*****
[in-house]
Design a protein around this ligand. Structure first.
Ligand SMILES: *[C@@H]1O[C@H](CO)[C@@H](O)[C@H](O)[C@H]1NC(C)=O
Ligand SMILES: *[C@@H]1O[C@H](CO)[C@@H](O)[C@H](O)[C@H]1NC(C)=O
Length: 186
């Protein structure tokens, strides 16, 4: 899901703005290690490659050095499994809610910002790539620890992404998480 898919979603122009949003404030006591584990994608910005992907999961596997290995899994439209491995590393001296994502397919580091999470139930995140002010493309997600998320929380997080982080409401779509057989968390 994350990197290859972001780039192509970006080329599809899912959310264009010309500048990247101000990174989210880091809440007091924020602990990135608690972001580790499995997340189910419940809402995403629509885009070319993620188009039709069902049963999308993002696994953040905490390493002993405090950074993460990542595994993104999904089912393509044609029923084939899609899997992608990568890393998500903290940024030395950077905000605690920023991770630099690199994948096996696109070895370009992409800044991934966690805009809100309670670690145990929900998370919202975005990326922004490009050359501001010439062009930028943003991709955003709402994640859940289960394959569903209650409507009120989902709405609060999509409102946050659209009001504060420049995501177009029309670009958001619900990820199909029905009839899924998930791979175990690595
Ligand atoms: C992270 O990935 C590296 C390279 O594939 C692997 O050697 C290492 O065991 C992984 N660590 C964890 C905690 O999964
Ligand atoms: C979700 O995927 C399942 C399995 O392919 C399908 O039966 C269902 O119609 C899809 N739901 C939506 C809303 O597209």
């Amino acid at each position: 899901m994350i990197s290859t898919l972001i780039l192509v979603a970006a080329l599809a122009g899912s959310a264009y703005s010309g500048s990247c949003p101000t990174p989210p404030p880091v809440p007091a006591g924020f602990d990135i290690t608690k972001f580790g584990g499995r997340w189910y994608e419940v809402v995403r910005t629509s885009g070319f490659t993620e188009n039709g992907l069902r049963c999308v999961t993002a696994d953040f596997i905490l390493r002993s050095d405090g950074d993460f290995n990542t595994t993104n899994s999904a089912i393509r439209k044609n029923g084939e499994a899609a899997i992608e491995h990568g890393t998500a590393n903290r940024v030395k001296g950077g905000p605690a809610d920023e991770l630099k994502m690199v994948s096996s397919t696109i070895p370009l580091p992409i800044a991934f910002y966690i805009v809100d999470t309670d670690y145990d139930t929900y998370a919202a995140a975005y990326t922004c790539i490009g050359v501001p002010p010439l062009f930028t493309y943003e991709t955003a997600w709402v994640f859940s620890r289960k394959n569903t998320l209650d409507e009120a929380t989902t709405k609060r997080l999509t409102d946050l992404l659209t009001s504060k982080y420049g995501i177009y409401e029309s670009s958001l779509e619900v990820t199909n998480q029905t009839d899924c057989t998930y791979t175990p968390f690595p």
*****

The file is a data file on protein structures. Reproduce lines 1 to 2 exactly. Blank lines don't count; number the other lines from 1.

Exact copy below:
[in-house]
Design a protein around this ligand. Structure first.